News or opinion? Online, it's hard to tell

News organizations aren’t doing enough to help readers understand the difference between news, analysis and opinion. We at the Duke Reporters' Lab reached that conclusion after conducting a new study that found only 40 percent of large news organizations provide labels about article types — and nearly all of those only label opinion columns.

The Duke Reporters’ Lab examined 49 publications — 25 local newspapers and 24 national news and opinion websites — to determine how many consistently use labels to indicate article types. A team of Reporters’ Lab students examined whether the publications label editorials, news analysis, columns and reviews.

In general, we found inconsistent terminology and a lack of labeling. Some organizations provide a mix of labels that conflate article types such as news and opinion with topic labels such as local, politics and sports. The result for readers is a jumbled labeling approach that fails to consistently distinguish different types of journalism.

The findings are significant because journalists and educators are focusing on article labels as one way to address the decline in trust of the news media. Labels help readers distinguish between news and opinion so they better understand different forms of journalism and can assess allegations of bias. Readers often come to articles from links in social media and don’t know if an article is published in a news or opinion section unless it is labeled.

“People do get confused, and it’s particularly challenging these days when we’re publishing on so many different platforms,” said Washington Post editor Marty Baron when he announced the Post’s labeling approach at a Knight Foundation conference in February. “Our stuff is going out on Facebook, Apple News, Snapchat, this or that. The context that (an article) had in the print newspaper is completely lost on those other platforms. It’s important that we take steps to make sure that people understand what it is, with some sort of label that makes sense.”

The Reporters’ Lab study found The Post has the most extensive system for indicating article types of the 20 organizations that use labels. The Post website uses four main labels — opinion, analysis, perspective and review — and when readers scroll their cursors over those labels, a box appears with a brief definition.

Of the 20 organizations that did label article types, 16 only used them for the opinion section. Those labels included editorial (used on 15 news sites), commentary (seven sites), column/columnist (six sites) and letters (seven sites). Ten of the organizations that used labels were local and six were national.

Our study also revealed how readers encounter a confusing mix of labels. For the study, the Lab examined labels of article type, not the section where it appeared. But we found an approach that harkened to the newsprint days: Many publications used labels to indicate whether stories were in the local news, entertainment or sports sections. That’s helpful, but readers also need to distinguish between a news story and an opinion column or news analysis.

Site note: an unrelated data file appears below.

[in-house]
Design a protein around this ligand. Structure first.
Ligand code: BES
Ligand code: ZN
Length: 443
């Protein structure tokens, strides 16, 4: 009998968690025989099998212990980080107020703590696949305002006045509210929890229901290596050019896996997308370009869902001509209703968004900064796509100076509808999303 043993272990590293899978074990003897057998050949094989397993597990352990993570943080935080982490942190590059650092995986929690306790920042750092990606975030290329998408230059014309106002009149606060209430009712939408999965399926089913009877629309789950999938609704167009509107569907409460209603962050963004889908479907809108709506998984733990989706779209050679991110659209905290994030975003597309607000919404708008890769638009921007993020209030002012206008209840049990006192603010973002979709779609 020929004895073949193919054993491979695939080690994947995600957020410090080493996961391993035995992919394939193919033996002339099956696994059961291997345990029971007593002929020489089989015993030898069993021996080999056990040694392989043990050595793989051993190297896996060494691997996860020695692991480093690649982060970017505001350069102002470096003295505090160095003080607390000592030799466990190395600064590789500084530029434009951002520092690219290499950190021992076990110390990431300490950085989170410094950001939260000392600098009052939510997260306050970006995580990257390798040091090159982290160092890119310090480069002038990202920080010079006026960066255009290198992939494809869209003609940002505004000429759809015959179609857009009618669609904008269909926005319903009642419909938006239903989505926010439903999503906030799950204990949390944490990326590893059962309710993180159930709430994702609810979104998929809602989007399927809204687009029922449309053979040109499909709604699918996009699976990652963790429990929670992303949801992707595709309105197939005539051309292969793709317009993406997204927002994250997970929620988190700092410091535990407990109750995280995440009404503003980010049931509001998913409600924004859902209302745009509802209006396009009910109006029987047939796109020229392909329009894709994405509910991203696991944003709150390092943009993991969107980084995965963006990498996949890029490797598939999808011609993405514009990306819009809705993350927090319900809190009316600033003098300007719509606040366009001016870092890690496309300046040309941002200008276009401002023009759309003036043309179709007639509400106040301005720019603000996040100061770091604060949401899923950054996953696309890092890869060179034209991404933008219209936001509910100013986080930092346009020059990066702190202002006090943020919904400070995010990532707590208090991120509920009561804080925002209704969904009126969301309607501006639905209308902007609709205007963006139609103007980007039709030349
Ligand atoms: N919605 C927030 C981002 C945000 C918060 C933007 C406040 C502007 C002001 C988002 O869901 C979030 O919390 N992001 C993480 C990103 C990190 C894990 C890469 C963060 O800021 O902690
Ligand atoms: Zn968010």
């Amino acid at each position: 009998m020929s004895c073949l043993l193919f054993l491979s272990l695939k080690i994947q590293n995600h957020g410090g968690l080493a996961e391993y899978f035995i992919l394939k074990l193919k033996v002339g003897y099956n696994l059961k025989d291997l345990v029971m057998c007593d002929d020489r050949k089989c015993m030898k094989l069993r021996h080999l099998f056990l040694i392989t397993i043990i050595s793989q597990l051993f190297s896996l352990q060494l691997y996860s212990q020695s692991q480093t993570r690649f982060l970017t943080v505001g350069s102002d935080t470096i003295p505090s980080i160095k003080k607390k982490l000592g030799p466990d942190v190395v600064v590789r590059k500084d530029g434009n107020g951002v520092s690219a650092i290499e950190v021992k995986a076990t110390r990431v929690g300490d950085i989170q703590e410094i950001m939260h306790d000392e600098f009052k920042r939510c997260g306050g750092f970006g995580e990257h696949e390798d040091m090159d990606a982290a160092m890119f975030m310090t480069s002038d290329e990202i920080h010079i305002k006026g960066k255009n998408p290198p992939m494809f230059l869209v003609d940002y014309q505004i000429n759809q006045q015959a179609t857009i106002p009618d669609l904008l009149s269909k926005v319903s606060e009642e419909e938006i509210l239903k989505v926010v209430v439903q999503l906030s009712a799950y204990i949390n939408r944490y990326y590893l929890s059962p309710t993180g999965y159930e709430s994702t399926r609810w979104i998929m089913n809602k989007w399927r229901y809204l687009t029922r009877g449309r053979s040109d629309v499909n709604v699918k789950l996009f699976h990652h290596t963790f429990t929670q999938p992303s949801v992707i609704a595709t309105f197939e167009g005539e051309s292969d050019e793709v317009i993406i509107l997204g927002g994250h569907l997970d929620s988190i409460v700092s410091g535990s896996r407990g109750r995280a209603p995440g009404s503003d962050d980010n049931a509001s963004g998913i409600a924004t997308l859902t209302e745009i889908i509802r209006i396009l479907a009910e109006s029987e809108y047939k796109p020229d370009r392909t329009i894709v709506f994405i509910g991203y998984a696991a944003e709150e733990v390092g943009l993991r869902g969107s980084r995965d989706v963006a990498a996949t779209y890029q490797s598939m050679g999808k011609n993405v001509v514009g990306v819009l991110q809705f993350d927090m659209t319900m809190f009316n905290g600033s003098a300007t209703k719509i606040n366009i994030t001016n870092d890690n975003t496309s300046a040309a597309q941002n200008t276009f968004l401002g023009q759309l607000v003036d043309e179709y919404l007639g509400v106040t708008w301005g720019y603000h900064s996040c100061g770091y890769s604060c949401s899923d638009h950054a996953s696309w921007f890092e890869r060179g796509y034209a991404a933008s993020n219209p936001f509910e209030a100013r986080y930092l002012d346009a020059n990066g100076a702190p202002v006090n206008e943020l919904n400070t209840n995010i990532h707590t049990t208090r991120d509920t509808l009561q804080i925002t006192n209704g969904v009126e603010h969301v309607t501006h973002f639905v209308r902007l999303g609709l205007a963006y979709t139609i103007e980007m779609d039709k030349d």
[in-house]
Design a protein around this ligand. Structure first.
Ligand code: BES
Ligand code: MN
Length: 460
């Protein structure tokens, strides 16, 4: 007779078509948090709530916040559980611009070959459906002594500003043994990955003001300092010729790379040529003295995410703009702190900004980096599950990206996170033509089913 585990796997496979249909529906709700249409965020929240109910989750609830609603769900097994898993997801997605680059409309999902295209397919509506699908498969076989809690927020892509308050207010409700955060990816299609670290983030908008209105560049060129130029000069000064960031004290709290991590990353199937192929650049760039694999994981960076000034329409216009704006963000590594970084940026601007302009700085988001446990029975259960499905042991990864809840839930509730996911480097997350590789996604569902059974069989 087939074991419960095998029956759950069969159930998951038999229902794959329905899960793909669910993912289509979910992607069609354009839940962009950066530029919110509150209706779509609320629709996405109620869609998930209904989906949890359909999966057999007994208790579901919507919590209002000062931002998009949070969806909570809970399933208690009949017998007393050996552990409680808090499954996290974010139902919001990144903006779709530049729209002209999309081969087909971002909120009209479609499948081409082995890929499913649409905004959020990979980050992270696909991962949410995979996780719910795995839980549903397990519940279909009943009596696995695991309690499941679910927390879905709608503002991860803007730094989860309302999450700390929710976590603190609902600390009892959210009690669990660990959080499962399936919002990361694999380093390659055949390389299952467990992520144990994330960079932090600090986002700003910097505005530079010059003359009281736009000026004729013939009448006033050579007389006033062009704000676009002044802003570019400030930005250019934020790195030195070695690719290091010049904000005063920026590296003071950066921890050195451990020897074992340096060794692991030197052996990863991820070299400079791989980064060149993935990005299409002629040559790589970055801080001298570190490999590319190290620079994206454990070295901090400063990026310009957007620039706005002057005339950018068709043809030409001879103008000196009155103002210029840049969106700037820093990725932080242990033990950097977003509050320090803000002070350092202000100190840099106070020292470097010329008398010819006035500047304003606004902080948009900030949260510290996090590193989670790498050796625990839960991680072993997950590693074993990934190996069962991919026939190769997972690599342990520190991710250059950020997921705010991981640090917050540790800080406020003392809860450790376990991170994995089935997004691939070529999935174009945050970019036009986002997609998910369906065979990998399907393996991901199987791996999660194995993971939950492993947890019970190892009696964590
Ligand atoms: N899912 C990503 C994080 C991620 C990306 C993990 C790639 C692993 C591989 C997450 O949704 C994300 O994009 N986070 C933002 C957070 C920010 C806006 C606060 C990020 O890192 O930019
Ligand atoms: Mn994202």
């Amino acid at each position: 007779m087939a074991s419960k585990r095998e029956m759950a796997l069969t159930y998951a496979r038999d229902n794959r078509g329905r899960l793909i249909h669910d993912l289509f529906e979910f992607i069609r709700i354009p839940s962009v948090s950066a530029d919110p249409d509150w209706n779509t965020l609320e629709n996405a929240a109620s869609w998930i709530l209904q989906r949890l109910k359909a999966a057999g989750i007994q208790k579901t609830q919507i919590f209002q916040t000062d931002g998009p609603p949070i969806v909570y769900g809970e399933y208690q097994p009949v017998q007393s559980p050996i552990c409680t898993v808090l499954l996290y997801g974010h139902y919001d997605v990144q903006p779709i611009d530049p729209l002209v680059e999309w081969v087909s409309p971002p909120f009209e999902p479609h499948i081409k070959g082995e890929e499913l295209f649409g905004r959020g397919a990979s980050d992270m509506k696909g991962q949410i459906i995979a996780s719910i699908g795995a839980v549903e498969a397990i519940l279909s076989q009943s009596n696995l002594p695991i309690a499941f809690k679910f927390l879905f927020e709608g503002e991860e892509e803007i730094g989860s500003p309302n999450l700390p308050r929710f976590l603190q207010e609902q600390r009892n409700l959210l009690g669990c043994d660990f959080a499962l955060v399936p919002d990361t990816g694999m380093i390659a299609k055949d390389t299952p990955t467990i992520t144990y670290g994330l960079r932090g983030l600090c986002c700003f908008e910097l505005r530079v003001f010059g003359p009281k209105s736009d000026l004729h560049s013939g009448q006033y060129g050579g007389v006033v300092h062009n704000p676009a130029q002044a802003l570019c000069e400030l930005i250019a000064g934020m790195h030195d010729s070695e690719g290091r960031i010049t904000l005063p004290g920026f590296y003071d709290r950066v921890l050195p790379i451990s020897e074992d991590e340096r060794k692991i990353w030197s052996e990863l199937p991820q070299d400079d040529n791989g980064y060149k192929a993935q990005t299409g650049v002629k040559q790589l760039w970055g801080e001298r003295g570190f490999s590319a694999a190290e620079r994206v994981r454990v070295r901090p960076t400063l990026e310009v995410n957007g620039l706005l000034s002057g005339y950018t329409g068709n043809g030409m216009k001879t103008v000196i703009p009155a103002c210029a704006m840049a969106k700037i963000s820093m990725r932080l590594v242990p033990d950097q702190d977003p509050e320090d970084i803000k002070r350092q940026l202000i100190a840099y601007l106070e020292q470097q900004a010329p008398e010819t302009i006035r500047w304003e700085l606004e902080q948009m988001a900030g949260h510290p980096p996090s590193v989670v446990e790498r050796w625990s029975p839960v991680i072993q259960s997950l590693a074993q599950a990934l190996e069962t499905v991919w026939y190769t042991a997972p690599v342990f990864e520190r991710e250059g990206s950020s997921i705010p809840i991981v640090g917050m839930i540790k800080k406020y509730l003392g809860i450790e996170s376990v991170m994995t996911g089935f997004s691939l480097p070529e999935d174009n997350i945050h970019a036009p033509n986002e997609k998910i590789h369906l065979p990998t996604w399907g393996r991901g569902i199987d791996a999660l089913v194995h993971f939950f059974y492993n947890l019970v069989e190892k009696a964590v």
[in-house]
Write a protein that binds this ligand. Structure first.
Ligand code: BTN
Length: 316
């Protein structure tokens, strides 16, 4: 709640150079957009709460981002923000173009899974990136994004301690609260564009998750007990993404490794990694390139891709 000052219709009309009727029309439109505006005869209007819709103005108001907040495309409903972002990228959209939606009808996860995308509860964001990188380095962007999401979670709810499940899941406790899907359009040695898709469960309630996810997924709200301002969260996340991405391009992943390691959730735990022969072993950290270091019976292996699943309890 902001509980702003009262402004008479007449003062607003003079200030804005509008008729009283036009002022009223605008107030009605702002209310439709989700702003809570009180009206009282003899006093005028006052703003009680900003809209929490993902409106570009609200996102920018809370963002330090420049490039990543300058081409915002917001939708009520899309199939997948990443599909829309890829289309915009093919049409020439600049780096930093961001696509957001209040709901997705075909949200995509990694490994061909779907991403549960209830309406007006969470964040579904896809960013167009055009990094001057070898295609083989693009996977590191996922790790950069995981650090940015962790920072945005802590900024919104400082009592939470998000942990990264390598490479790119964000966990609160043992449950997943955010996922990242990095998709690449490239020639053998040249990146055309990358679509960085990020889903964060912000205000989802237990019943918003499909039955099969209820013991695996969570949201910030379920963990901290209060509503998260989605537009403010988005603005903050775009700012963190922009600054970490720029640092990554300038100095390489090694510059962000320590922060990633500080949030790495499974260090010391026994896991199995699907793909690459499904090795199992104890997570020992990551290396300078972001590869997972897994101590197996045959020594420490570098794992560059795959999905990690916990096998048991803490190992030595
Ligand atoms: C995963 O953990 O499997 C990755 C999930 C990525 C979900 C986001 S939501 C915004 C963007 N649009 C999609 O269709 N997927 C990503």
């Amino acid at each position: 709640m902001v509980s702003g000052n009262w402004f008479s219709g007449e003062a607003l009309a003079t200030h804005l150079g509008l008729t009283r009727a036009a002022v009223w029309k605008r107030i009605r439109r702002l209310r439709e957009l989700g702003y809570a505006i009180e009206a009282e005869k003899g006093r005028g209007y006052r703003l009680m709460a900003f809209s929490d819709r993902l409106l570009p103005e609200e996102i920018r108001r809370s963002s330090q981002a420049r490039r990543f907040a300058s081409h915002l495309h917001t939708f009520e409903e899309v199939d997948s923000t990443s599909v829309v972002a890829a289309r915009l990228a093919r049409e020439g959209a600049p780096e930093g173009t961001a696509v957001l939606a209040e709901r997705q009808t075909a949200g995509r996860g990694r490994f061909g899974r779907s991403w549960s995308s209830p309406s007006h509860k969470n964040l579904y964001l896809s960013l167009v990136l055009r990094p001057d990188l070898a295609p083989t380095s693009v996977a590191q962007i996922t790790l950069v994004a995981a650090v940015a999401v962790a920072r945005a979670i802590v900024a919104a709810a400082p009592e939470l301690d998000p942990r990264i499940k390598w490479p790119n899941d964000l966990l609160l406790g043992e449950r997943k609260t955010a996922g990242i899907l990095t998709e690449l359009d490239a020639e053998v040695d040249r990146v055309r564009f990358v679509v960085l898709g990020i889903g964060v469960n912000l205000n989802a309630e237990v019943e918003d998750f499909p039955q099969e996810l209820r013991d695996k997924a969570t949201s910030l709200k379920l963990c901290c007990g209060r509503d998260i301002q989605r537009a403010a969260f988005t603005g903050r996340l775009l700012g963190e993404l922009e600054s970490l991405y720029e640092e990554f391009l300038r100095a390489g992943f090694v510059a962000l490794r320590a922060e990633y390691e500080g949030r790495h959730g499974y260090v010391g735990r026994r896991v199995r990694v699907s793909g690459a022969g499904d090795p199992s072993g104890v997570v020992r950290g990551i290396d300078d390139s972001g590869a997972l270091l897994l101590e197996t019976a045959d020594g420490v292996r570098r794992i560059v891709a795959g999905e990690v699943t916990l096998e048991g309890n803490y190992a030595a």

For example, this article in the Star Tribune appears in the Variety section with a music label. That’s a good indicator of the topic, but it doesn’t tell readers what type of story it is. A review? A news story? A first-person essay by a staff member?

We also found topic labels sometimes veered toward too specific, such as #TrumpsAmerica in the Forbes opinions section or marijuana in the Denver Post’s news section, neither of which indicated the article type. The labels were sometimes funny, clever or obscure, but these organizations missed an opportunity to describe the type of content they were producing.

We also found lots of inconsistency. Although some organizations did a slightly better job labeling article types outside the opinion section, the labels still appeared somewhat arbitrarily across the sites, often showing up on a handful of articles in one category but not all of the articles.

Another inconsistency: Even The Post doesn’t label news articles. The absence of a label is supposed to indicate it is news. The Post approach assumes that readers understand that unlabeled content is always news. But our students found it confusing, and we believe The Post should examine whether readers are really able to identify a news story when it is not labeled as such.

The study also found that organizations that do use labels are not making them visible or clear enough to readers. Students commented that the labels were “pretty easy to miss or misinterpret,” “not immediately visible if you aren’t looking for it” or “very small.”

As for the organizations that did not label articles at all, we found a pretty even local-national split. Thirteen of them were local newspapers and 16 were national organizations.

Our study indicates that news organizations can make some easy fixes to provide better guidance to readers. They should:

  • Use consistent labeling on all articles to indicate analysis, opinion, reviews and news. Although The Post is a good model for a labeling system, the lack of labels on news stories could still confuse many readers.
  • Place the labels in a prominent place at the top of articles.
  • Conduct research with readers about the most effective labels and incorporate the lessons in their publications.

Rebecca Iannucci is the manager and editor in the Duke Reporters’ Lab. Student researchers Jamie Cohen, Julia Donheiser, Amanda Lewellyn, Lizzy Raben, Asa Royal, Hank Tucker and Sam Turken contributed to this report.

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